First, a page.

We're moving away from stand-alone applications, documents and users and toward universally ac cepted file formats, shared documents and real-time collaboration. In the past, documents were kept in separate files that were easy to organize and retrieve. Now document management software is a necessity for many firms. And many documents exist only when a database produces them in response to a query.
Database proliferation. One way to tie information together is abandoning the document development and storage mode. The alternative is storing information in a database and then generating documents based on information you need.
Databases form the backbone of today's software for accounting, project management, CAD work, e-commerce and more. And to thrive in today's fast-paced business environment, you must involve database-savvy people in your business. Not only will you need such expertise to stay cost-competitive, but also you will need to interact with the databases of clients and suppliers.
Webcentricity. Four years ago, companies were just putting "brochureware" on the Web. Then, they started using dynamic forms and dabbling in e-commerce. This was part of a trend that involves database-driven Web applications and increasing Web-dependency. Yesterday, clients wanted your phone number from your Web site. Today, clients want to interact with your Web site. Tomorrow, clients will want to conduct more business online.
Outsourced software. Application Service Providers (ASPs) maintain software on their servers, so clients use it over the Internet. One example is online permit processing. One ASP has a database of more than 1,000 cities.
ASPs limit your system to the speed of your Web connection, regardless of your computer's speed. However, Internet connections are speeding up. Wireless will soon run at 144 kb/sec. Cable modems deliver an amazing 100 Mb/sec for about $40 a month. Corporations can get 600 Mb lines. Internal networks can deliver 1GB/sec over Cat. 5e.
Information integration. Companies strive to reduce the cost of their business processes. One way to do this is by eliminating steps - and paper-based processes are prime targets. When your database talks to a vendor's database, you eliminate the cost of handling paper invoices. You fill out a Web-based form or your program interacts directly with theirs, integrating your information.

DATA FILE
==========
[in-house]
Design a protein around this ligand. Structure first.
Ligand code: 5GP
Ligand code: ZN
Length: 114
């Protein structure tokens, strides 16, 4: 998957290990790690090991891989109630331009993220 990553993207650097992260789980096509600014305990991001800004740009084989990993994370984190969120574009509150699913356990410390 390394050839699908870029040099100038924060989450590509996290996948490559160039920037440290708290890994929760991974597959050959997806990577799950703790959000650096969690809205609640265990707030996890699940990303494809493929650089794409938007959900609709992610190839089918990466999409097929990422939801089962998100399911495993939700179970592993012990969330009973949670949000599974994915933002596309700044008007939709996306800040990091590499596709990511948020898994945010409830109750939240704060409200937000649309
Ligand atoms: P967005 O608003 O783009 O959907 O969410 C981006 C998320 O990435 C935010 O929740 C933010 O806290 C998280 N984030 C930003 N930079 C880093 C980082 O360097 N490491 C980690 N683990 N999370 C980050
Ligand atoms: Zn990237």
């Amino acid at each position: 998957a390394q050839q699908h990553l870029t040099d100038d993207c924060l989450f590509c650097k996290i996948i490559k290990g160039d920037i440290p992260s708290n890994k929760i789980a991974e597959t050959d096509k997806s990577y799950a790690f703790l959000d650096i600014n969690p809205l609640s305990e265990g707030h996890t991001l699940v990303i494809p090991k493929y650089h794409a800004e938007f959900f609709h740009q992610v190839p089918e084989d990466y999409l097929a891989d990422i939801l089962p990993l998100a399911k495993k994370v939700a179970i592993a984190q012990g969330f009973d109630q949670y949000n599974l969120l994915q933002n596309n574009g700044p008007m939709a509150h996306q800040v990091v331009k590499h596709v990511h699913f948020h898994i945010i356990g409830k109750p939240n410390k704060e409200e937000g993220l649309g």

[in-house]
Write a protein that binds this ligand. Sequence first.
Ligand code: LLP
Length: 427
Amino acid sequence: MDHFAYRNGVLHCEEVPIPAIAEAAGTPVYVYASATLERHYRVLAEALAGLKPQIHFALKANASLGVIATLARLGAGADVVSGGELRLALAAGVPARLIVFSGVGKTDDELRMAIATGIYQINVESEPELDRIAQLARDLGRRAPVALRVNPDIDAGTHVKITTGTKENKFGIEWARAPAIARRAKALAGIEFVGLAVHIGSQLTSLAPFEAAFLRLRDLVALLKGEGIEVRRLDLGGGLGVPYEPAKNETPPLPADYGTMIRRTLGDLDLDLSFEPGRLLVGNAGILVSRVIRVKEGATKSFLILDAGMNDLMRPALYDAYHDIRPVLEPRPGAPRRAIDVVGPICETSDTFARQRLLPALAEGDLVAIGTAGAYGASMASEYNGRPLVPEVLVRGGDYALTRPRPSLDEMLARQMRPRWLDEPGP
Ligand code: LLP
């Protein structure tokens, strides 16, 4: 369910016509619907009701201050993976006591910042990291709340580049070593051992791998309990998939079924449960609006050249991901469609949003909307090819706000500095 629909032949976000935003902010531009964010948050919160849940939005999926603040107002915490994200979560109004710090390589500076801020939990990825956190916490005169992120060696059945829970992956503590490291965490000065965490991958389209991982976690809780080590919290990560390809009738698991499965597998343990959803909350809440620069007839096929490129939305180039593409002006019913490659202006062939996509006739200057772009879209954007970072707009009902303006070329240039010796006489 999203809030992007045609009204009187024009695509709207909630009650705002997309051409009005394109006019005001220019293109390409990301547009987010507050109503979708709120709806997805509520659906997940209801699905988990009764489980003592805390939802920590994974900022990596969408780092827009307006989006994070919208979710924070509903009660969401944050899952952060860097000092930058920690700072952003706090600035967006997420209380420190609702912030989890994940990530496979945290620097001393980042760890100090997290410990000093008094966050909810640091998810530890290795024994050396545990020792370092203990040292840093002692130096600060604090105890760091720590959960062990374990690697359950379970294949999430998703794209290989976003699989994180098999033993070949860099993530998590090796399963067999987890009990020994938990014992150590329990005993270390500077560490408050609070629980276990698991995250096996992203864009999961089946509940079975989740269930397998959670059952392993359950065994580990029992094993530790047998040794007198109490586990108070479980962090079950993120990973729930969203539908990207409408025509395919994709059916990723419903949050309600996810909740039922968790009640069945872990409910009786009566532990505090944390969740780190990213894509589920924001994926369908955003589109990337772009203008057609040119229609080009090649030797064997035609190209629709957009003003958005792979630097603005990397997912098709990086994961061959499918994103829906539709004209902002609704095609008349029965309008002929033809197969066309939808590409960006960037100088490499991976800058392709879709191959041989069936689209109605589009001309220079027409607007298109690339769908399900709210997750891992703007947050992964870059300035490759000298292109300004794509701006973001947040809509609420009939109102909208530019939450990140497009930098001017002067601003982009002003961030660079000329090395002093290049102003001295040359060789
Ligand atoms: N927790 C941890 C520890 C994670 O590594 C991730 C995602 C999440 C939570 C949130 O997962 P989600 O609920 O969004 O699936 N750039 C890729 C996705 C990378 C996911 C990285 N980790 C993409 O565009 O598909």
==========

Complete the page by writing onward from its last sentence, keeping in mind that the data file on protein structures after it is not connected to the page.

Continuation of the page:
Overcoming obstacles. Information systems are major investments of capital and labor. However, legacy systems pose a problem. Many companies can't read each other's files. You send a bid or invoice electronically, and your customer prints it out and enters it into its system manually. Then, the company sends you everything on paper, raising your costs. The Web alleviates this platform incompatibility without requiring replacement of existing systems. This fuels Webcentricity.
Suppose a company's legacy system can't use an "off the shelf" program such as enterprise-wide project management or their systems can't talk with other systems. That's where Enterprise Application Integration (EAI) software comes in.
Previously, matching old to new required maybe $100,000 of hand coding. Now, EAI software pulls information from the applications and sends it to a server that acts as an information broker so all the applications can share data.
This trend affects you in two ways. First, it may alleviate your need to upgrade your own information systems if your customers have legacy systems. Second, it allows you access to customers whose proprietary information technologies are incompatible with yours.
What are these software trends pointing to? You will see a streamlining of application software, so you can access customer information from a handheld device with instant Web access. E-mail and voice will converge. The new Mac OSX is a derivative of BSD, which is the brains of many an e-commerce server. The one thing you can count on in years to come is change.